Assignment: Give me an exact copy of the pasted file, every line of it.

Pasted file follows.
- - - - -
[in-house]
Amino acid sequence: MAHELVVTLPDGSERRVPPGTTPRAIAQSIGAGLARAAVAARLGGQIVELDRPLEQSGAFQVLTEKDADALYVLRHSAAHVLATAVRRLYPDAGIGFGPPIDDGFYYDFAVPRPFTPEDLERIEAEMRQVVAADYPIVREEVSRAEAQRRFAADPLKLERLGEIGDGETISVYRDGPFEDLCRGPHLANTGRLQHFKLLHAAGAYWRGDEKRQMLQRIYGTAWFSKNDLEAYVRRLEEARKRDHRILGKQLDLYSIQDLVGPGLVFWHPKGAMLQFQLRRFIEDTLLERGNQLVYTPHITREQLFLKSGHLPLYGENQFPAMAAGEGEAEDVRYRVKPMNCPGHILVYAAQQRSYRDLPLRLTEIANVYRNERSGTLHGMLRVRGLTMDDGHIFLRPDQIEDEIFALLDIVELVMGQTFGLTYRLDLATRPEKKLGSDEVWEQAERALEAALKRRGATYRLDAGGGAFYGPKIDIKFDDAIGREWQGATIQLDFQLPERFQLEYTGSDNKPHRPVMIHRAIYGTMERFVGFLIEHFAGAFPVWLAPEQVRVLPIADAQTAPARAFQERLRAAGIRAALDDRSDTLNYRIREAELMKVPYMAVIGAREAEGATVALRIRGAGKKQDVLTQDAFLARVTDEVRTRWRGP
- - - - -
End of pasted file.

[in-house]
Amino acid sequence: MAHELVVTLPDGSERRVPPGTTPRAIAQSIGAGLARAAVAARLGGQIVELDRPLEQSGAFQVLTEKDADALYVLRHSAAHVLATAVRRLYPDAGIGFGPPIDDGFYYDFAVPRPFTPEDLERIEAEMRQVVAADYPIVREEVSRAEAQRRFAADPLKLERLGEIGDGETISVYRDGPFEDLCRGPHLANTGRLQHFKLLHAAGAYWRGDEKRQMLQRIYGTAWFSKNDLEAYVRRLEEARKRDHRILGKQLDLYSIQDLVGPGLVFWHPKGAMLQFQLRRFIEDTLLERGNQLVYTPHITREQLFLKSGHLPLYGENQFPAMAAGEGEAEDVRYRVKPMNCPGHILVYAAQQRSYRDLPLRLTEIANVYRNERSGTLHGMLRVRGLTMDDGHIFLRPDQIEDEIFALLDIVELVMGQTFGLTYRLDLATRPEKKLGSDEVWEQAERALEAALKRRGATYRLDAGGGAFYGPKIDIKFDDAIGREWQGATIQLDFQLPERFQLEYTGSDNKPHRPVMIHRAIYGTMERFVGFLIEHFAGAFPVWLAPEQVRVLPIADAQTAPARAFQERLRAAGIRAALDDRSDTLNYRIREAELMKVPYMAVIGAREAEGATVALRIRGAGKKQDVLTQDAFLARVTDEVRTRWRGP